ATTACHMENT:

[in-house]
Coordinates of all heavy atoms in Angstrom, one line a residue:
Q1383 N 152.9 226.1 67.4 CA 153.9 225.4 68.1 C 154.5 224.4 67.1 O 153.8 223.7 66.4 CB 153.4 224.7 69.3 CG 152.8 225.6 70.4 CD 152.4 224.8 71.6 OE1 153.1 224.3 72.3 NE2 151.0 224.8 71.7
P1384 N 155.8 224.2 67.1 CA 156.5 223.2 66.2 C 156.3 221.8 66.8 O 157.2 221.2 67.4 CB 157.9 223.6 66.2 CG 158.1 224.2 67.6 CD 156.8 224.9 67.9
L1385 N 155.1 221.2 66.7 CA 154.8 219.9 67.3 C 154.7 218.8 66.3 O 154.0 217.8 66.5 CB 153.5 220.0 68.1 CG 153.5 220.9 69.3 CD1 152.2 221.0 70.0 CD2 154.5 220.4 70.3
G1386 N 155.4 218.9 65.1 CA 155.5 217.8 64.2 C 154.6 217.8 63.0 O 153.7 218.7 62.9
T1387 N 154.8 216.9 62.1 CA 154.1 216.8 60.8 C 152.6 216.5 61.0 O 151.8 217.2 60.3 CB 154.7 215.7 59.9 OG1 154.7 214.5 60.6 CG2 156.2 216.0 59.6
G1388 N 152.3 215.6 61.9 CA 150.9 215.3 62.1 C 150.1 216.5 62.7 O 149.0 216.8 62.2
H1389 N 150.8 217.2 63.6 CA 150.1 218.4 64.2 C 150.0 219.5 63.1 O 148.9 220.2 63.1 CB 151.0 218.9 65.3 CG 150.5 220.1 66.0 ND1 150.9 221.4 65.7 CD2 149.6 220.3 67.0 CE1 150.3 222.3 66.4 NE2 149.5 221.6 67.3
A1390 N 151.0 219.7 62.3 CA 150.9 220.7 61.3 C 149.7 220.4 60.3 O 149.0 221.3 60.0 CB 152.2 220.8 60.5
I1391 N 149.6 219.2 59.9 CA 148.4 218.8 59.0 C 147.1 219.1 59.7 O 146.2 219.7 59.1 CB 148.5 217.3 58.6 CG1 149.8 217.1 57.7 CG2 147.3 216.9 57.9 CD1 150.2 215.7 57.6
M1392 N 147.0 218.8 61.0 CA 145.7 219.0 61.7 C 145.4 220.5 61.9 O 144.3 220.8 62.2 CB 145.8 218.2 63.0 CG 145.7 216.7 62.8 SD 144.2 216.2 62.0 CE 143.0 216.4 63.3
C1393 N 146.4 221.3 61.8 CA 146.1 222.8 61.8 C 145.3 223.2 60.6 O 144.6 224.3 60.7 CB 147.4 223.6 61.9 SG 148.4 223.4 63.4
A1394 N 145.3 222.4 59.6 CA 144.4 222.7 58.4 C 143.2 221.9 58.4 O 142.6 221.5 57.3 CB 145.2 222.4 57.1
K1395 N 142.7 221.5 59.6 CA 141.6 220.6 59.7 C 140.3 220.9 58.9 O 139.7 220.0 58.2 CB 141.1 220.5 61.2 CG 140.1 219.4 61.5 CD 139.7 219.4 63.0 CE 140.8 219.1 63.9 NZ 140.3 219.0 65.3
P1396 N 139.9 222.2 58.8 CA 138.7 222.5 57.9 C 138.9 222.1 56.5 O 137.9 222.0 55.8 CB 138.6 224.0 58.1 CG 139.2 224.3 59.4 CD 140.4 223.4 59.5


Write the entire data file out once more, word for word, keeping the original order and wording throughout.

[in-house]
Coordinates of all heavy atoms in Angstrom, one line a residue:
Q1383 N 152.9 226.1 67.4 CA 153.9 225.4 68.1 C 154.5 224.4 67.1 O 153.8 223.7 66.4 CB 153.4 224.7 69.3 CG 152.8 225.6 70.4 CD 152.4 224.8 71.6 OE1 153.1 224.3 72.3 NE2 151.0 224.8 71.7
P1384 N 155.8 224.2 67.1 CA 156.5 223.2 66.2 C 156.3 221.8 66.8 O 157.2 221.2 67.4 CB 157.9 223.6 66.2 CG 158.1 224.2 67.6 CD 156.8 224.9 67.9
L1385 N 155.1 221.2 66.7 CA 154.8 219.9 67.3 C 154.7 218.8 66.3 O 154.0 217.8 66.5 CB 153.5 220.0 68.1 CG 153.5 220.9 69.3 CD1 152.2 221.0 70.0 CD2 154.5 220.4 70.3
G1386 N 155.4 218.9 65.1 CA 155.5 217.8 64.2 C 154.6 217.8 63.0 O 153.7 218.7 62.9
T1387 N 154.8 216.9 62.1 CA 154.1 216.8 60.8 C 152.6 216.5 61.0 O 151.8 217.2 60.3 CB 154.7 215.7 59.9 OG1 154.7 214.5 60.6 CG2 156.2 216.0 59.6
G1388 N 152.3 215.6 61.9 CA 150.9 215.3 62.1 C 150.1 216.5 62.7 O 149.0 216.8 62.2
H1389 N 150.8 217.2 63.6 CA 150.1 218.4 64.2 C 150.0 219.5 63.1 O 148.9 220.2 63.1 CB 151.0 218.9 65.3 CG 150.5 220.1 66.0 ND1 150.9 221.4 65.7 CD2 149.6 220.3 67.0 CE1 150.3 222.3 66.4 NE2 149.5 221.6 67.3
A1390 N 151.0 219.7 62.3 CA 150.9 220.7 61.3 C 149.7 220.4 60.3 O 149.0 221.3 60.0 CB 152.2 220.8 60.5
I1391 N 149.6 219.2 59.9 CA 148.4 218.8 59.0 C 147.1 219.1 59.7 O 146.2 219.7 59.1 CB 148.5 217.3 58.6 CG1 149.8 217.1 57.7 CG2 147.3 216.9 57.9 CD1 150.2 215.7 57.6
M1392 N 147.0 218.8 61.0 CA 145.7 219.0 61.7 C 145.4 220.5 61.9 O 144.3 220.8 62.2 CB 145.8 218.2 63.0 CG 145.7 216.7 62.8 SD 144.2 216.2 62.0 CE 143.0 216.4 63.3
C1393 N 146.4 221.3 61.8 CA 146.1 222.8 61.8 C 145.3 223.2 60.6 O 144.6 224.3 60.7 CB 147.4 223.6 61.9 SG 148.4 223.4 63.4
A1394 N 145.3 222.4 59.6 CA 144.4 222.7 58.4 C 143.2 221.9 58.4 O 142.6 221.5 57.3 CB 145.2 222.4 57.1
K1395 N 142.7 221.5 59.6 CA 141.6 220.6 59.7 C 140.3 220.9 58.9 O 139.7 220.0 58.2 CB 141.1 220.5 61.2 CG 140.1 219.4 61.5 CD 139.7 219.4 63.0 CE 140.8 219.1 63.9 NZ 140.3 219.0 65.3
P1396 N 139.9 222.2 58.8 CA 138.7 222.5 57.9 C 138.9 222.1 56.5 O 137.9 222.0 55.8 CB 138.6 224.0 58.1 CG 139.2 224.3 59.4 CD 140.4 223.4 59.5